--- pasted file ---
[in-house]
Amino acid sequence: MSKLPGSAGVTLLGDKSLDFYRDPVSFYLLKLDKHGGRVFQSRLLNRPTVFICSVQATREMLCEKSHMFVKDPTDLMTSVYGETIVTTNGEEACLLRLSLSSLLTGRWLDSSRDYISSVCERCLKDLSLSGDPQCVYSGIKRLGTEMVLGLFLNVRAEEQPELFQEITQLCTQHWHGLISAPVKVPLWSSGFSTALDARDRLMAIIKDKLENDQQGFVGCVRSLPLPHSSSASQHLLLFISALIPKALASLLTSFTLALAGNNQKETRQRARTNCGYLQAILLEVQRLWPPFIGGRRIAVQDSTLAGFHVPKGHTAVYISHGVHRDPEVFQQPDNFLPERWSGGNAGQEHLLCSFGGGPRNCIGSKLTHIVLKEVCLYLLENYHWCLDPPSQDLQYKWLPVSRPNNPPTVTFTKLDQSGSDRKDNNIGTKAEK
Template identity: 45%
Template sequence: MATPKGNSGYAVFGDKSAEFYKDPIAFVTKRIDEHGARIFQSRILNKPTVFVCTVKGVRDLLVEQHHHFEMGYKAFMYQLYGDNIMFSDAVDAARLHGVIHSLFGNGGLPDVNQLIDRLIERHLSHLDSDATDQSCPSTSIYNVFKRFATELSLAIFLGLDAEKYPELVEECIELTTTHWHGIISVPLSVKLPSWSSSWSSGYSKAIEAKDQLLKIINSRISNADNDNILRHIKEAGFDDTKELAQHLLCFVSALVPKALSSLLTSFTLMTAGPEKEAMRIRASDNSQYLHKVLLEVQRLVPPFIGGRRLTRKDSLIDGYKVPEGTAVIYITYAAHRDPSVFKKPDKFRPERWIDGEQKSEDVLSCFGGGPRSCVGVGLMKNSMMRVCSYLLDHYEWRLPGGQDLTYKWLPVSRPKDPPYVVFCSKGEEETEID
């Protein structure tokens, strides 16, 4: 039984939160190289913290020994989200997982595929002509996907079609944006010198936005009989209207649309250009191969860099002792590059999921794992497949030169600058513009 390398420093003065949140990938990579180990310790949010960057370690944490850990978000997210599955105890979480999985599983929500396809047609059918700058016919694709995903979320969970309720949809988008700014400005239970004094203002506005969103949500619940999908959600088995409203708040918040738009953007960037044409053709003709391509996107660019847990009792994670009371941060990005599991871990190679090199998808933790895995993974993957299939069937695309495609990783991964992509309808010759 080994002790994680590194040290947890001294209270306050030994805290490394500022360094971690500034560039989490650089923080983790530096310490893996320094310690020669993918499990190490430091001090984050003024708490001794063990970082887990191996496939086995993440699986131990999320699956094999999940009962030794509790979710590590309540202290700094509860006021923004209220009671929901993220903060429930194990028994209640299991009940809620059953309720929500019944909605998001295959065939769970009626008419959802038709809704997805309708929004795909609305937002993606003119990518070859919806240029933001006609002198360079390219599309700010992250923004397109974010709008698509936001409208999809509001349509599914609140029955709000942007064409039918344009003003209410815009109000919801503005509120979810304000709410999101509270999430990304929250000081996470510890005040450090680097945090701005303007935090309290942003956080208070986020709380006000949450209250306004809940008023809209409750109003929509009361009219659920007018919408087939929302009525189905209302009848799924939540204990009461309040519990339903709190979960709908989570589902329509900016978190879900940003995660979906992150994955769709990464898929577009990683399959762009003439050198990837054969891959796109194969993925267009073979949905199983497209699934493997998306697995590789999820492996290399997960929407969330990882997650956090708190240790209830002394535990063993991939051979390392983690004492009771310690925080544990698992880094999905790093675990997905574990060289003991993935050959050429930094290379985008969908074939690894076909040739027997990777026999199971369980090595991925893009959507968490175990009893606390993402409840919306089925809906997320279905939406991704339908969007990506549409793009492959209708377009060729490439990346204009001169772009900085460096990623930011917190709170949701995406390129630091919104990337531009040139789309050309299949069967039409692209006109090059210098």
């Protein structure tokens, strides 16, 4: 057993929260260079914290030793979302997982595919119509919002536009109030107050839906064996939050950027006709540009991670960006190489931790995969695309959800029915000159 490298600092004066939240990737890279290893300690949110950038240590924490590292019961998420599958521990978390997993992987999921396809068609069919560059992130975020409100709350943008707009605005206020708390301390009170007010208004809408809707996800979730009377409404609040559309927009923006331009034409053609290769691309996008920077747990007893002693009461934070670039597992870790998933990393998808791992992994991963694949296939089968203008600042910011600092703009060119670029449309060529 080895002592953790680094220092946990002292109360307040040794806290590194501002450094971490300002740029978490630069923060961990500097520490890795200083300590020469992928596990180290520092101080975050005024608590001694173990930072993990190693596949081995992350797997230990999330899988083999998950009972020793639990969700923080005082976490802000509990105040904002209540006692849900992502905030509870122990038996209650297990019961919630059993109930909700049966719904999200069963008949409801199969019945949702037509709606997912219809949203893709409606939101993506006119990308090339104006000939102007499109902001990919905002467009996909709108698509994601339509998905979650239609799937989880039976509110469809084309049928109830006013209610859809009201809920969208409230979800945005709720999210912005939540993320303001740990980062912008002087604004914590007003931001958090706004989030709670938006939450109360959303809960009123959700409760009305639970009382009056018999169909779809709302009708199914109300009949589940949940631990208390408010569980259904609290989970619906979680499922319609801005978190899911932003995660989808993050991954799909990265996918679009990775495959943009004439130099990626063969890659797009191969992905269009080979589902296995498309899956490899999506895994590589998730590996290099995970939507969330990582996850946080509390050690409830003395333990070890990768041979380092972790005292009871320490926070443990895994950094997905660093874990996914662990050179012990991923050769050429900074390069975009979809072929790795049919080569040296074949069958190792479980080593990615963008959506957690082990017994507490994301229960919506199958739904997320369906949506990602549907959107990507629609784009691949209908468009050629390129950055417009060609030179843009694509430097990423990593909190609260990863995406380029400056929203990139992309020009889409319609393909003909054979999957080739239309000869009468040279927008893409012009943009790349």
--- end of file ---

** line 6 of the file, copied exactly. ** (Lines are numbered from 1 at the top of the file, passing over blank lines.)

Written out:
């Protein structure tokens, strides 16, 4: 057993929260260079914290030793979302997982595919119509919002536009109030107050839906064996939050950027006709540009991670960006190489931790995969695309959800029915000159 490298600092004066939240990737890279290893300690949110950038240590924490590292019961998420599958521990978390997993992987999921396809068609069919560059992130975020409100709350943008707009605005206020708390301390009170007010208004809408809707996800979730009377409404609040559309927009923006331009034409053609290769691309996008920077747990007893002693009461934070670039597992870790998933990393998808791992992994991963694949296939089968203008600042910011600092703009060119670029449309060529 080895002592953790680094220092946990002292109360307040040794806290590194501002450094971490300002740029978490630069923060961990500097520490890795200083300590020469992928596990180290520092101080975050005024608590001694173990930072993990190693596949081995992350797997230990999330899988083999998950009972020793639990969700923080005082976490802000509990105040904002209540006692849900992502905030509870122990038996209650297990019961919630059993109930909700049966719904999200069963008949409801199969019945949702037509709606997912219809949203893709409606939101993506006119990308090339104006000939102007499109902001990919905002467009996909709108698509994601339509998905979650239609799937989880039976509110469809084309049928109830006013209610859809009201809920969208409230979800945005709720999210912005939540993320303001740990980062912008002087604004914590007003931001958090706004989030709670938006939450109360959303809960009123959700409760009305639970009382009056018999169909779809709302009708199914109300009949589940949940631990208390408010569980259904609290989970619906979680499922319609801005978190899911932003995660989808993050991954799909990265996918679009990775495959943009004439130099990626063969890659797009191969992905269009080979589902296995498309899956490899999506895994590589998730590996290099995970939507969330990582996850946080509390050690409830003395333990070890990768041979380092972790005292009871320490926070443990895994950094997905660093874990996914662990050179012990991923050769050429900074390069975009979809072929790795049919080569040296074949069958190792479980080593990615963008959506957690082990017994507490994301229960919506199958739904997320369906949506990602549907959107990507629609784009691949209908468009050629390129950055417009060609030179843009694509430097990423990593909190609260990863995406380029400056929203990139992309020009889409319609393909003909054979999957080739239309000869009468040279927008893409012009943009790349």